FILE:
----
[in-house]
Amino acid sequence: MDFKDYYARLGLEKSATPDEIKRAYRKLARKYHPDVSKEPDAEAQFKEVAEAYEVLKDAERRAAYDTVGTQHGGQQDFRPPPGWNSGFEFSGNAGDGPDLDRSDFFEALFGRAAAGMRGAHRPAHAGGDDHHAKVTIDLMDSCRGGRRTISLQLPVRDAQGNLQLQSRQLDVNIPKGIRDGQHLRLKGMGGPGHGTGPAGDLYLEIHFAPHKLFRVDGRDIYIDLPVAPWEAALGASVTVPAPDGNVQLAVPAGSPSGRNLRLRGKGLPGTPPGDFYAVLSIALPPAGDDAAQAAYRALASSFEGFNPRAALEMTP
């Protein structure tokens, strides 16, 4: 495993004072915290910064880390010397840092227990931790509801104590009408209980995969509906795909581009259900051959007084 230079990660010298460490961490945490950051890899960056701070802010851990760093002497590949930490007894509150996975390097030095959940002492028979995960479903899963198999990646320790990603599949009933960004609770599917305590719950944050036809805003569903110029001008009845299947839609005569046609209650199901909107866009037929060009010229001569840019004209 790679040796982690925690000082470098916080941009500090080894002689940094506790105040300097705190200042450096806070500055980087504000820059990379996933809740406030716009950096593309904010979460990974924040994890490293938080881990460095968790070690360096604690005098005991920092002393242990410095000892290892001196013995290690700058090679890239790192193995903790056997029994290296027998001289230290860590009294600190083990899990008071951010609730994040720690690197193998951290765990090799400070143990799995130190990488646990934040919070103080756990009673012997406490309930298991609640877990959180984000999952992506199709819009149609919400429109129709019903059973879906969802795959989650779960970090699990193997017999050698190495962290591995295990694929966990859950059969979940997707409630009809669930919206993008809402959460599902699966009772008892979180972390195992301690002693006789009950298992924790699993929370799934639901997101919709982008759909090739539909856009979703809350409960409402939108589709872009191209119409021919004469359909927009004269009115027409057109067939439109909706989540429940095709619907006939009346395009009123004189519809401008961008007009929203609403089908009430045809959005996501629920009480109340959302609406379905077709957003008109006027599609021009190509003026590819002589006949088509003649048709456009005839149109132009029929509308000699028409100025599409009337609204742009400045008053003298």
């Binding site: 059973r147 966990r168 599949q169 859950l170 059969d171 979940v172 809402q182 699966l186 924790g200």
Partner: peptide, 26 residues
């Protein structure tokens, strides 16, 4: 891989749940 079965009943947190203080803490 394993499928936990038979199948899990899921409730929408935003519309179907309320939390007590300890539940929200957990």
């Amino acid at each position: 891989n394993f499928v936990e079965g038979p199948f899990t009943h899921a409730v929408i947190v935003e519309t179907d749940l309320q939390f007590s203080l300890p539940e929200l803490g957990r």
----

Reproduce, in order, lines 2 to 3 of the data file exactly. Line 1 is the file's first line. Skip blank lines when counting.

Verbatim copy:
Amino acid sequence: MDFKDYYARLGLEKSATPDEIKRAYRKLARKYHPDVSKEPDAEAQFKEVAEAYEVLKDAERRAAYDTVGTQHGGQQDFRPPPGWNSGFEFSGNAGDGPDLDRSDFFEALFGRAAAGMRGAHRPAHAGGDDHHAKVTIDLMDSCRGGRRTISLQLPVRDAQGNLQLQSRQLDVNIPKGIRDGQHLRLKGMGGPGHGTGPAGDLYLEIHFAPHKLFRVDGRDIYIDLPVAPWEAALGASVTVPAPDGNVQLAVPAGSPSGRNLRLRGKGLPGTPPGDFYAVLSIALPPAGDDAAQAAYRALASSFEGFNPRAALEMTP
């Protein structure tokens, strides 16, 4: 495993004072915290910064880390010397840092227990931790509801104590009408209980995969509906795909581009259900051959007084 230079990660010298460490961490945490950051890899960056701070802010851990760093002497590949930490007894509150996975390097030095959940002492028979995960479903899963198999990646320790990603599949009933960004609770599917305590719950944050036809805003569903110029001008009845299947839609005569046609209650199901909107866009037929060009010229001569840019004209 790679040796982690925690000082470098916080941009500090080894002689940094506790105040300097705190200042450096806070500055980087504000820059990379996933809740406030716009950096593309904010979460990974924040994890490293938080881990460095968790070690360096604690005098005991920092002393242990410095000892290892001196013995290690700058090679890239790192193995903790056997029994290296027998001289230290860590009294600190083990899990008071951010609730994040720690690197193998951290765990090799400070143990799995130190990488646990934040919070103080756990009673012997406490309930298991609640877990959180984000999952992506199709819009149609919400429109129709019903059973879906969802795959989650779960970090699990193997017999050698190495962290591995295990694929966990859950059969979940997707409630009809669930919206993008809402959460599902699966009772008892979180972390195992301690002693006789009950298992924790699993929370799934639901997101919709982008759909090739539909856009979703809350409960409402939108589709872009191209119409021919004469359909927009004269009115027409057109067939439109909706989540429940095709619907006939009346395009009123004189519809401008961008007009929203609403089908009430045809959005996501629920009480109340959302609406379905077709957003008109006027599609021009190509003026590819002589006949088509003649048709456009005839149109132009029929509308000699028409100025599409009337609204742009400045008053003298």